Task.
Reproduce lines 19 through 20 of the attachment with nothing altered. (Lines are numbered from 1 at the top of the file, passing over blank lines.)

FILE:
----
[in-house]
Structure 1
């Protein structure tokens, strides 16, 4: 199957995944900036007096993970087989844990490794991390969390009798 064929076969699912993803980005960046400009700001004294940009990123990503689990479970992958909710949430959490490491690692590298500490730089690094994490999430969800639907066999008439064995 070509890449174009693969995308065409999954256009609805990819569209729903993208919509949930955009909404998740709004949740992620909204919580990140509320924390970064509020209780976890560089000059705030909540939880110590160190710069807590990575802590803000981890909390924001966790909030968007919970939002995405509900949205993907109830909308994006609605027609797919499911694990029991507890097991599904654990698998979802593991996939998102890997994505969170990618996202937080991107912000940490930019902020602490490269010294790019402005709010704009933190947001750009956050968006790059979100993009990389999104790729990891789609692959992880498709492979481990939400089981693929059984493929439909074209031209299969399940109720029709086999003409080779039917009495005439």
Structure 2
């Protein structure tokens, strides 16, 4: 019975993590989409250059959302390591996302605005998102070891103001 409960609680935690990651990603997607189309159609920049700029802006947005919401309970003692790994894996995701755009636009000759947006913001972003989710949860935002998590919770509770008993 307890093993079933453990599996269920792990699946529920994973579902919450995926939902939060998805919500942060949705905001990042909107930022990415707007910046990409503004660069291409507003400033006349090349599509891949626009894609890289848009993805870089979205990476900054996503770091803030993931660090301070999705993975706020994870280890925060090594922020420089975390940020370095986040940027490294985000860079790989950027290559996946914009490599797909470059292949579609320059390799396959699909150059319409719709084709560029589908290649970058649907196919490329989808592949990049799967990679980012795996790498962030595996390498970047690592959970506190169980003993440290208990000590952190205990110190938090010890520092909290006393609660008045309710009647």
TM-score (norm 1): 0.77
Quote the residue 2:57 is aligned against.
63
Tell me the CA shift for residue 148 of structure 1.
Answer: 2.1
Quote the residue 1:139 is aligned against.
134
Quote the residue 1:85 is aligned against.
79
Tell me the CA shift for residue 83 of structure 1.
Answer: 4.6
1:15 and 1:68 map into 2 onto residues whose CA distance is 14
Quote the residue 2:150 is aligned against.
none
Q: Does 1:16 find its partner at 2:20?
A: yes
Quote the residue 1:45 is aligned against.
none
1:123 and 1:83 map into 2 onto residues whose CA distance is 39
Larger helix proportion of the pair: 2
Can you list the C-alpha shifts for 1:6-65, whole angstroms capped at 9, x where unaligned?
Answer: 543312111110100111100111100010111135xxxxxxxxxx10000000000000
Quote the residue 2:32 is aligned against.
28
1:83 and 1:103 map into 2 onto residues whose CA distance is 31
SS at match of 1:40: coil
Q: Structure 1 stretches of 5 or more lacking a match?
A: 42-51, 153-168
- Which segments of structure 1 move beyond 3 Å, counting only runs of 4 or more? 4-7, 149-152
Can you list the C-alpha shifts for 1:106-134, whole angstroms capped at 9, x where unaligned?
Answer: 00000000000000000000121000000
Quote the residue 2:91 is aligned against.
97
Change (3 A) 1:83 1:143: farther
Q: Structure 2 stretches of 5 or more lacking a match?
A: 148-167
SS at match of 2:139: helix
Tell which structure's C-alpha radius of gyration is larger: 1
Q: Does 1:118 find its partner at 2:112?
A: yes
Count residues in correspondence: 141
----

none
Q: Does 1:16 find its partner at 2:20?